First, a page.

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Today's News

  • COLUMN: Elected officials’ ideas fine

    By EDDY HUFF
    Guest Columnist

    This is in opposition to the article in the News that was written by guest  columnist Don Swaney.

    My first question is to Vince Luecke, the editor: Why would you as editor have such an uninformed person writing an article for your paper?

  • COLUMN: Congress refuses to address vital issues

    By LEE HAMILTON
    Center on Congress

    With the elections over, Congress faces a full plate of tough issues when it reconvenes. There will be a lot of talk about fiscal matters, “grand bargains,” and sorting out party caucuses. But there’s one vitally important question we’re certain to hear nothing about.

  • EDITORIAL: Unifying county will help us move forward

    As noted in a story printed in the Nov. 15 issue of the Perry County News, the Perry County commissioners voted and accepted a new logo to represent all of the county.

    The picture – that of a sun rising over a hilly landscape with the words “Perry County Indiana” and “life is better” – is a part of a joint effort by three county entities to market the county as a whole.

  • Perry County history book still available at various spots

    PERRY COUNTY – The Perry County Chamber of Commerce has autographed copies of “Perry County: Then and Now” by the late Michael Rutherford. The book is available at the chamber office, the Perry County Public Library-Tell City branch, Gatherings and Celebrations.

    The Perry County history book is a standard, library-size, 288-page hardbound book with a full-color cover.

    The book price is $50 including sales tax throughout the holiday season. For more information, contact the Perry County Chamber of Commerce at 547-2385.
     

  • Drivers should be aware of deer this fall

    PERRY COUNTY – Fall is peak season for deer-related vehicle accidents and motorists should remember to drive defensively, according to the state Department of Natural Resources.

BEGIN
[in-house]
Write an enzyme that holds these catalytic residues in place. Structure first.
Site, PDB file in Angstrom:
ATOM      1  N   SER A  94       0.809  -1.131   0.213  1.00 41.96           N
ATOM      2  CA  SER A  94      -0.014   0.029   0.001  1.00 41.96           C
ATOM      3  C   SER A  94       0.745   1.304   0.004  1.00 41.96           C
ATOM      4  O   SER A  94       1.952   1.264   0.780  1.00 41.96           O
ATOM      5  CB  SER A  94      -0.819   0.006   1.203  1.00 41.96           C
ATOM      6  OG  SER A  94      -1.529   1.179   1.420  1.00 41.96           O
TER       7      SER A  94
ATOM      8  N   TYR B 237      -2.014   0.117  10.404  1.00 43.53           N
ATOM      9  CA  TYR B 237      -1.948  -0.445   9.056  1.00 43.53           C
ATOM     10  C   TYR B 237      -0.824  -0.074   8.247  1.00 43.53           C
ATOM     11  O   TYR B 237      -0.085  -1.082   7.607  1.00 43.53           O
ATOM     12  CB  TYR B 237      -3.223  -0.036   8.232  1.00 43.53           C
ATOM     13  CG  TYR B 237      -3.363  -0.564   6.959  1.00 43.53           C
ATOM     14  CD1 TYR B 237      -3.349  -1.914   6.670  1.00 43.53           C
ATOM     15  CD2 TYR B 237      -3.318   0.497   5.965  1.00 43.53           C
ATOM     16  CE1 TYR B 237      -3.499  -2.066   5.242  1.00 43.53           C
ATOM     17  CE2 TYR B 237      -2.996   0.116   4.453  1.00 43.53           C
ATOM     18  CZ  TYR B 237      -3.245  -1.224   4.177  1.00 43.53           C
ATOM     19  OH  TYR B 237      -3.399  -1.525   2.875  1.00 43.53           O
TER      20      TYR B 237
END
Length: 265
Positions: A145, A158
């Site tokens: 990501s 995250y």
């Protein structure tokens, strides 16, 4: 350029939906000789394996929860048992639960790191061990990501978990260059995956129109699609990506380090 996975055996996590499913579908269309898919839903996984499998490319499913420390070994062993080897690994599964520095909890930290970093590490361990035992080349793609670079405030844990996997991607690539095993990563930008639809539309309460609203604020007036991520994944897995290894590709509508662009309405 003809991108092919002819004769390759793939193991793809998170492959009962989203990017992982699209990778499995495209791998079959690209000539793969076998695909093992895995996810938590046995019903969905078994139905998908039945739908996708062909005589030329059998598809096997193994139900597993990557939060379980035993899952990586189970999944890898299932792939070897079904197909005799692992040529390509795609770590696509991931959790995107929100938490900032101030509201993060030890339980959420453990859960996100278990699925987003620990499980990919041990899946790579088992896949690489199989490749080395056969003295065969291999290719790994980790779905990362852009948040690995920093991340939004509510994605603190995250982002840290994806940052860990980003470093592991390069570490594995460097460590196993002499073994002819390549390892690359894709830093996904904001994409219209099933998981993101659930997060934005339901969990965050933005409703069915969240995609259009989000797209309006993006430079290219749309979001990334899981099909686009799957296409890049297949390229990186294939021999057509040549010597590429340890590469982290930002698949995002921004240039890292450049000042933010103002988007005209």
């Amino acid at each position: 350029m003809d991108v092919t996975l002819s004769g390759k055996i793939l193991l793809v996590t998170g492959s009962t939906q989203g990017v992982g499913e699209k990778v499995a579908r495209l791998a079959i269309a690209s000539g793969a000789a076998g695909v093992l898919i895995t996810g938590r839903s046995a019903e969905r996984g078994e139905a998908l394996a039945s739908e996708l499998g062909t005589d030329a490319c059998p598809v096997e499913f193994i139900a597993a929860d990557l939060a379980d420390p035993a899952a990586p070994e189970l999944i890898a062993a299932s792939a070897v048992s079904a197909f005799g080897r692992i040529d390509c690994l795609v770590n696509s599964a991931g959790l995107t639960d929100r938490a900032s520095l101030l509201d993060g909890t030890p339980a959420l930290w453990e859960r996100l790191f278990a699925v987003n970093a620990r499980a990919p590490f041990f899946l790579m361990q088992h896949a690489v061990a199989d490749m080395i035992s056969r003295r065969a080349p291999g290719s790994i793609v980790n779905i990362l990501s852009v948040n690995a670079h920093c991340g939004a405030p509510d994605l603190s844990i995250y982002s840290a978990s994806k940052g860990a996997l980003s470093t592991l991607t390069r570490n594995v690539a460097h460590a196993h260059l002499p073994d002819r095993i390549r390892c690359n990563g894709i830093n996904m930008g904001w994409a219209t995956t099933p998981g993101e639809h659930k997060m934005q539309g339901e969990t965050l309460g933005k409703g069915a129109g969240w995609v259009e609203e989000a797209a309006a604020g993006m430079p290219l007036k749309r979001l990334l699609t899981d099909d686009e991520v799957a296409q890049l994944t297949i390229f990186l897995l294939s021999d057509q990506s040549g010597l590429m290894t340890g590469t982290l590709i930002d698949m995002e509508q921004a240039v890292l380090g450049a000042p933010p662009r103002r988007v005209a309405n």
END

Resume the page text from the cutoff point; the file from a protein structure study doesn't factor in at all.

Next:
“Nearly 50 percent of all vehicle accidents involving white-tailed deer occur between October and December, with November by far the worst month,” said Chad Stewart, deer research biologist for the DNR.

    The main reason for deer collisions is the seasonal increase in deer activity.

  • Candlelight tour planned for Pioneer Village 2-9 p.m. Dec. 8

    PERRY COUNTY – Allow yourself to be transported back in time to the simpler pleasures of the 19th century as you wander through the wooded winter landscape of Shubael Little Pioneer Village, guided only by the soft glow of lanterns and candles.

    A tour of the Perry County attraction is scheduled for 2 to 9 p.m. Dec. 8.

  • Plugged relief well could be expensive to repair

    By KEVIN KOELLING
    Managing Editor

    CANNELTON – A problem discovered in Cannelton could be expensive either way it’s remedied, a city official reported Nov. 12.

  • A holiday favorite, 2012 Cannelton Christmas parade set for Friday

    CANNELTON – The Cannelton American Legion and Auxiliary Post 142 will sponsor the annual Cannelton Christmas Parade Friday.

    The event will begin at 6 p.m. with lineup getting under way at 5.

    The parade will start at old Indiana 237 and Seventh Street (Highway 66), head east on Seventh Street, turn south onto Washington Street and will end at the floodwall. There will be an appearance by Santa.

    Businesses, churches and community groups are invited to enter the parade. Awards will be presented in three categories, civic, commercial and community.

  • ‘God’s army’ volunteers needed

    PERRY COUNTY – Volunteers are needed to ring bells for the Salvation Army from Friday through Dec. 24, according to Randy Roccia, kettle coordinator for the help agency.

    “Perhaps you, your family, business, church, club or civic organization would be willing to ring bells for us this season,” he urged. Kettles were placed at each Wal-Mart entrance Friday.

  • Annual plea goes out for red-kettle bell ringers

    By KEVIN KOELLING
    Managing Editor

    PERRY COUNTY – Bells rung at traditional red kettles nationwide last year continued to be heard this year when the Salvation Army sprang into action after Hurricane Sandy.

    “The hurricane flooded all our houses,” says a young boy in a video report linked at salvationarmy.org. “It was up to my neck.”